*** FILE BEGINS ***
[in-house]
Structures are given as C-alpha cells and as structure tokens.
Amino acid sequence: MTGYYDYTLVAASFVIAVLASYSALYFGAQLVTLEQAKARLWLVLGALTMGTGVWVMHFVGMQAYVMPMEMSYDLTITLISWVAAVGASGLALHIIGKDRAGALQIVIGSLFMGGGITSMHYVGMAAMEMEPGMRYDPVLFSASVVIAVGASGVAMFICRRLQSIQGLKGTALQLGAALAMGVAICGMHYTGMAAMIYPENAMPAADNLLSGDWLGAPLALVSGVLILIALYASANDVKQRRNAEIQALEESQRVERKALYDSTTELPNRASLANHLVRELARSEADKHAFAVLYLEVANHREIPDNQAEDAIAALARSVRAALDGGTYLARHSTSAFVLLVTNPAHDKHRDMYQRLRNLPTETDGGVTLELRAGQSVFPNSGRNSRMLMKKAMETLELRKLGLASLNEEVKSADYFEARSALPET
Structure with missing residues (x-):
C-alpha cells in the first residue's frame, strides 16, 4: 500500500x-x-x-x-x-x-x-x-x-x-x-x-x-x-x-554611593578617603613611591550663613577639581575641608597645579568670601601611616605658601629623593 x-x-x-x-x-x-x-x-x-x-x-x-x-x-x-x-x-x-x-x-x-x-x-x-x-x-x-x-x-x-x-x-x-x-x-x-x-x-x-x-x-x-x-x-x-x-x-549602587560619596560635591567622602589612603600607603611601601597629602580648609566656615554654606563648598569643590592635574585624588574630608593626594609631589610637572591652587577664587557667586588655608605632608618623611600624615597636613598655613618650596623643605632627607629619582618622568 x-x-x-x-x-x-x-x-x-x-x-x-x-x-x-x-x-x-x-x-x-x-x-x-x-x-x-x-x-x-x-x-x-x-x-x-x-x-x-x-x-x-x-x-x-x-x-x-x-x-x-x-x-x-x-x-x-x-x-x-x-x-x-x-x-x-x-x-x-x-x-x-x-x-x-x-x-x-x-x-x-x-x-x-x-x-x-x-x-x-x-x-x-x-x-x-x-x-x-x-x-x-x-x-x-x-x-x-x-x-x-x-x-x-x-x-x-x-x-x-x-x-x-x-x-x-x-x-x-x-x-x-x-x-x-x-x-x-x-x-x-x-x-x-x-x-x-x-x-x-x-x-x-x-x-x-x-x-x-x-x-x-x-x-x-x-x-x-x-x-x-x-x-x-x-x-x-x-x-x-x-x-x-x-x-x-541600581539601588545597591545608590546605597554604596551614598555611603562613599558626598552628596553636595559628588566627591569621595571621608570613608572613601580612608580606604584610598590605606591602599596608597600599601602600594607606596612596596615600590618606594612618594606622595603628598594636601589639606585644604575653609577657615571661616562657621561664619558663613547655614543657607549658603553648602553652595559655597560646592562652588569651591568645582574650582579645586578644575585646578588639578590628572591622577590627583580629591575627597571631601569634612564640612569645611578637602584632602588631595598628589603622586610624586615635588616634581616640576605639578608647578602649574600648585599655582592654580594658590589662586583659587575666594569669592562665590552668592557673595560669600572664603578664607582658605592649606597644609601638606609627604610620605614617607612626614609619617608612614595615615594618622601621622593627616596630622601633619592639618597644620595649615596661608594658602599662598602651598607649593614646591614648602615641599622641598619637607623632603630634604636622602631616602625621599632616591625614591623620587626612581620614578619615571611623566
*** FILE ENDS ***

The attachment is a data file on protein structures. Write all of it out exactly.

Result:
[in-house]
Structures are given as C-alpha cells and as structure tokens.
Amino acid sequence: MTGYYDYTLVAASFVIAVLASYSALYFGAQLVTLEQAKARLWLVLGALTMGTGVWVMHFVGMQAYVMPMEMSYDLTITLISWVAAVGASGLALHIIGKDRAGALQIVIGSLFMGGGITSMHYVGMAAMEMEPGMRYDPVLFSASVVIAVGASGVAMFICRRLQSIQGLKGTALQLGAALAMGVAICGMHYTGMAAMIYPENAMPAADNLLSGDWLGAPLALVSGVLILIALYASANDVKQRRNAEIQALEESQRVERKALYDSTTELPNRASLANHLVRELARSEADKHAFAVLYLEVANHREIPDNQAEDAIAALARSVRAALDGGTYLARHSTSAFVLLVTNPAHDKHRDMYQRLRNLPTETDGGVTLELRAGQSVFPNSGRNSRMLMKKAMETLELRKLGLASLNEEVKSADYFEARSALPET
Structure with missing residues (x-):
C-alpha cells in the first residue's frame, strides 16, 4: 500500500x-x-x-x-x-x-x-x-x-x-x-x-x-x-x-554611593578617603613611591550663613577639581575641608597645579568670601601611616605658601629623593 x-x-x-x-x-x-x-x-x-x-x-x-x-x-x-x-x-x-x-x-x-x-x-x-x-x-x-x-x-x-x-x-x-x-x-x-x-x-x-x-x-x-x-x-x-x-x-549602587560619596560635591567622602589612603600607603611601601597629602580648609566656615554654606563648598569643590592635574585624588574630608593626594609631589610637572591652587577664587557667586588655608605632608618623611600624615597636613598655613618650596623643605632627607629619582618622568 x-x-x-x-x-x-x-x-x-x-x-x-x-x-x-x-x-x-x-x-x-x-x-x-x-x-x-x-x-x-x-x-x-x-x-x-x-x-x-x-x-x-x-x-x-x-x-x-x-x-x-x-x-x-x-x-x-x-x-x-x-x-x-x-x-x-x-x-x-x-x-x-x-x-x-x-x-x-x-x-x-x-x-x-x-x-x-x-x-x-x-x-x-x-x-x-x-x-x-x-x-x-x-x-x-x-x-x-x-x-x-x-x-x-x-x-x-x-x-x-x-x-x-x-x-x-x-x-x-x-x-x-x-x-x-x-x-x-x-x-x-x-x-x-x-x-x-x-x-x-x-x-x-x-x-x-x-x-x-x-x-x-x-x-x-x-x-x-x-x-x-x-x-x-x-x-x-x-x-x-x-x-x-x-x-x-541600581539601588545597591545608590546605597554604596551614598555611603562613599558626598552628596553636595559628588566627591569621595571621608570613608572613601580612608580606604584610598590605606591602599596608597600599601602600594607606596612596596615600590618606594612618594606622595603628598594636601589639606585644604575653609577657615571661616562657621561664619558663613547655614543657607549658603553648602553652595559655597560646592562652588569651591568645582574650582579645586578644575585646578588639578590628572591622577590627583580629591575627597571631601569634612564640612569645611578637602584632602588631595598628589603622586610624586615635588616634581616640576605639578608647578602649574600648585599655582592654580594658590589662586583659587575666594569669592562665590552668592557673595560669600572664603578664607582658605592649606597644609601638606609627604610620605614617607612626614609619617608612614595615615594618622601621622593627616596630622601633619592639618597644620595649615596661608594658602599662598602651598607649593614646591614648602615641599622641598619637607623632603630634604636622602631616602625621599632616591625614591623620587626612581620614578619615571611623566